My Grandmother is 40

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Kentville, Canada

Or at least that is what she told me as a child and I repeated to others. And now I understand adults’ amused faces when they asked me to repeat the statement.

She also told me that rocks grew and I became worried that we would have problems when the pebbles overtook our backyard.

She told my younger sister that if she didn’t behave the woman down the road would come and get her.

 

Nanny was a character.

 

My father died when I was five and my mother moved home. When I was eight she bought a top/bottom duplex so my grandparents could move in below and look after us. We ate our weeknight dinners at her kitchen.

She was a terrible cook.

I grew up eating only a handful of things things: fish sticks, chicken dinner, chicken dinner leftovers, bland spaghetti, fish chowder.

And yet some of my favourite foods are her recipes, coconut cherry balls at Christmas, shrimp dip for special occasions, Duncan Hines marble cake with homemade icing for birthdays.

 

She lived through some tough times so making sure people had enough money was very important to her. Even when I made 5 times her meager retirement allowance she would stuff a $20 bill into my pocket so I could not refuse it.

When I moved away we would write each other a few times a month. We would never talk about anything serious other than the weather, what our dog was doing and that everyone was fine. She bought cards specifically for it and her envelopes were decorated with sparkley stickers.

She sent dish clothes that she had knitted. Even when I sold everything to travel I could not throw them out.

And when I returned home it was mandatory that my sister and I played cards with our grandparents. She had taught us Auction 45 and Cribbage as children and decades later we still had the same game play – she would whinge about how she had terrible cards and then laugh at the end when she spoiled your bid.

Every time she saw me she asked if I had lost weight. It was just her way of giving a compliment.

Up until her mid-eighties she was strong and healthy, like most of the women in her family I assumed she would live to 100. But then she started to deteriorate and it happened quickly.

 

She lost the sharp edge that she once had.

 

When I returned home after South America she had good days and bad. One particularly bad night she was talking nonsense and was in and out of sleeping on the couch. I was lamenting how she had changed and then she perked up and looked at me and asked if I had lost weight.

 

Even in the fog part of her remained.

 

A few days before I left for Europe she fell and cracked her pelvis. Before my flight I visited her in the hospital and while the nurses warned us she was on morphine and not with it, when I spoke to her she perked up and she knew I was there.

And while she had weakened over the years I thought she would just rebound and I would see her at Christmas.

But on my frantic way home from Europe I thought she passed and no one wanted to tell me. In the end I arrived at night and was able to see her.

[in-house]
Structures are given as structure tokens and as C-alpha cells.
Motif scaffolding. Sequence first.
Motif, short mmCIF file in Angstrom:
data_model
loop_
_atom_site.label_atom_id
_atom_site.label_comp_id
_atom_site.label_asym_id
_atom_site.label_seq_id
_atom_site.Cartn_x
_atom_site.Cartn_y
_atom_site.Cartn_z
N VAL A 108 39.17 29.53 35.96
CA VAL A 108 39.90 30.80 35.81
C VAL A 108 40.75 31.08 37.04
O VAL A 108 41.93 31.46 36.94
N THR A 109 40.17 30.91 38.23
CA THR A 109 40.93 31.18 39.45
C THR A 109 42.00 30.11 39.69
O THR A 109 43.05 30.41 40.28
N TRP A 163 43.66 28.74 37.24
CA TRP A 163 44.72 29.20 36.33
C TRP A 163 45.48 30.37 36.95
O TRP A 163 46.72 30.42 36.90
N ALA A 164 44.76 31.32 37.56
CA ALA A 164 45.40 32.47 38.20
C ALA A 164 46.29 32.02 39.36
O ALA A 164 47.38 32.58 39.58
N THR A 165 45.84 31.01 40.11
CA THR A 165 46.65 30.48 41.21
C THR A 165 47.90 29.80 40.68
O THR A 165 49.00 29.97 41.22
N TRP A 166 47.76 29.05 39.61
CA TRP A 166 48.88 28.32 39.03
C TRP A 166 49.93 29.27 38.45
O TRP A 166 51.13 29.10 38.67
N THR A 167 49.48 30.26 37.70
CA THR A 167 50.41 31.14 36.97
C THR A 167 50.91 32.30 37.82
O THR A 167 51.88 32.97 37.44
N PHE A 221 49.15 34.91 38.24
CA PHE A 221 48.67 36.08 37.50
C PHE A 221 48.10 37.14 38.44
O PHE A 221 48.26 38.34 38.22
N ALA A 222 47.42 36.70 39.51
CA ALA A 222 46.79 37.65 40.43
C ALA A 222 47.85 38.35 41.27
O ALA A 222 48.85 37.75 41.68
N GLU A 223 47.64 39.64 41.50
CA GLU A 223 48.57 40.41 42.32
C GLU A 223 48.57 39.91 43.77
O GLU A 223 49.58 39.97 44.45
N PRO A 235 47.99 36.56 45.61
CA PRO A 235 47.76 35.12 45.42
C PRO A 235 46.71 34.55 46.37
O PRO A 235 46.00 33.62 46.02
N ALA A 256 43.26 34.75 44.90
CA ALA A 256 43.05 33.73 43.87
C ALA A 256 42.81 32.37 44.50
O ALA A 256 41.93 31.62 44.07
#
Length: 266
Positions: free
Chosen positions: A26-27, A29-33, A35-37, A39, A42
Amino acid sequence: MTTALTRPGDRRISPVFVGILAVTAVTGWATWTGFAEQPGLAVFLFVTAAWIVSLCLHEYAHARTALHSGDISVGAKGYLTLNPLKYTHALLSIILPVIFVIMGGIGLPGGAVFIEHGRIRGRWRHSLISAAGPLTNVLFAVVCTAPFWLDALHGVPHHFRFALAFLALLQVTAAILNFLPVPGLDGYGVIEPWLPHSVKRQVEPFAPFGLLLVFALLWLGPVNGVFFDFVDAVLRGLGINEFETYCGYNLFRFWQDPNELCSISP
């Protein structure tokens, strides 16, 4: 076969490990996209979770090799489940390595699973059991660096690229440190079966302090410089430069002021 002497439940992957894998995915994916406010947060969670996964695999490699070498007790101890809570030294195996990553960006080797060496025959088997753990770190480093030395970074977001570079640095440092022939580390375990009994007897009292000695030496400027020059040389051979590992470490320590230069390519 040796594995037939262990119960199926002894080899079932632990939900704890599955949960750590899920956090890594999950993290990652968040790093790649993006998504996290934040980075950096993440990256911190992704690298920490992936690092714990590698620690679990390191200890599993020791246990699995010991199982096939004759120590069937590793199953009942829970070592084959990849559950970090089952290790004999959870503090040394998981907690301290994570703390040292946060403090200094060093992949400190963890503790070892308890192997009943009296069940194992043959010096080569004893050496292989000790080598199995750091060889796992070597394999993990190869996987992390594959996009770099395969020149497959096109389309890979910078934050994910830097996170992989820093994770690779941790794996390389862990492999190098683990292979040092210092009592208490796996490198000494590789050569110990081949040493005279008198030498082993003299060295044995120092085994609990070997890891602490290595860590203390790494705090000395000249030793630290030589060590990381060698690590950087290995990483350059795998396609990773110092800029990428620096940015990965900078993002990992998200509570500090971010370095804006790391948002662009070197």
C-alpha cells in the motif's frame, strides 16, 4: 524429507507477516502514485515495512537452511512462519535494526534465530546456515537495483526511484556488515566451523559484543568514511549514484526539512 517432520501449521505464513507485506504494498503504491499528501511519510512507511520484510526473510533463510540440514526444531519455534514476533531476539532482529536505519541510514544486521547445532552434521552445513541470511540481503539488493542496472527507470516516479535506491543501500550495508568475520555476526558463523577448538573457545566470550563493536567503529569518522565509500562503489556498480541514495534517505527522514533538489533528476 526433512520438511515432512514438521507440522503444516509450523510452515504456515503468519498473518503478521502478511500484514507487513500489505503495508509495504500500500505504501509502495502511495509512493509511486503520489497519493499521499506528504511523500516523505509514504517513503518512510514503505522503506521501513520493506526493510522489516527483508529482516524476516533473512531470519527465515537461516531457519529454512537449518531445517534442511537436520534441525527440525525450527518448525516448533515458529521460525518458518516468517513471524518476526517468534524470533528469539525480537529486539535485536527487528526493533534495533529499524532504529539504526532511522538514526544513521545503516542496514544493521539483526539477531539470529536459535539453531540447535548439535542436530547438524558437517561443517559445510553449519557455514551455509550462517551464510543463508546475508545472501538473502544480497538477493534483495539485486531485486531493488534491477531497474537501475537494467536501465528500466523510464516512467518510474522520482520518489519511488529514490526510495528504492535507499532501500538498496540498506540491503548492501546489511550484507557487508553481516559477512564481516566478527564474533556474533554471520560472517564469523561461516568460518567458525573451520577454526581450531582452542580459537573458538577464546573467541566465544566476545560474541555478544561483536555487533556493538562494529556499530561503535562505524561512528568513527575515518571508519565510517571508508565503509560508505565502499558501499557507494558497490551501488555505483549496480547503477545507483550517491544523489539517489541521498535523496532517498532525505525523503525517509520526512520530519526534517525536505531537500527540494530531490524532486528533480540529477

The next morning, surrounded by family, she opened her eyes, sighed and was gone.

 

Join the Conversation

  1. Beautifully written. God bless.

  2. What a beautiful story. She sounds like a wonderful woman, and I’m so glad you have such great memories of her…
    Glad you made it home on time…

  3. Nanny would loved that you remembered her in that way.

  4. This was a great read…as a fellow grandchild I can vouch for all of these stories as 100% true…although I remember those cakes having quarters wrapped in wax paper, and those silver BB-like decorations on them that would break your teeth.

    You and Ryan did a great job with your eulogy at the funeral, she would have laughed…as she spoiled your bid.

  5. Gillian @OneGiantStep says:

    I’m sorry Ayngelina…and so glad that you managed to see her one last time. She must have been very proud of you for following your heart and I’m sure you will miss her guidance.

  6. Wow, so heart-wrenching, yet heartwarming at the same time. Glad you made it home in time.

  7. What a beautiful tribute! My thoughts are with you & your family.

  8. TheWorldOrBust says:

    Thank you for sharing this. I also just lost my Grandpa a couple months ago in much the same fashion. He was always a perky magnanimous guy who pretended to be a gruff curmudgeon old bastard (those who knew him never took him seriously).

    He was fine, and then all of a sudden started swirling into a downward spiral. Once week they’re lucid, the next they’re babbling, falling and unfortunately, on their way out.

    The one thing to understand is that they always loved you and want you to be happy. Thank god you know life is too short and something can always happen , and it looks like you’re doing a great job of living your life like there’s no tomorrow . So my deepest condolences, and keep on keepin’ on! 🙂

  9. Sorry for your loss, Ayngelina. This is a very moving tribute to her.

  10. Such beautiful words, it brought me to tears! My thoughts are with you and your family!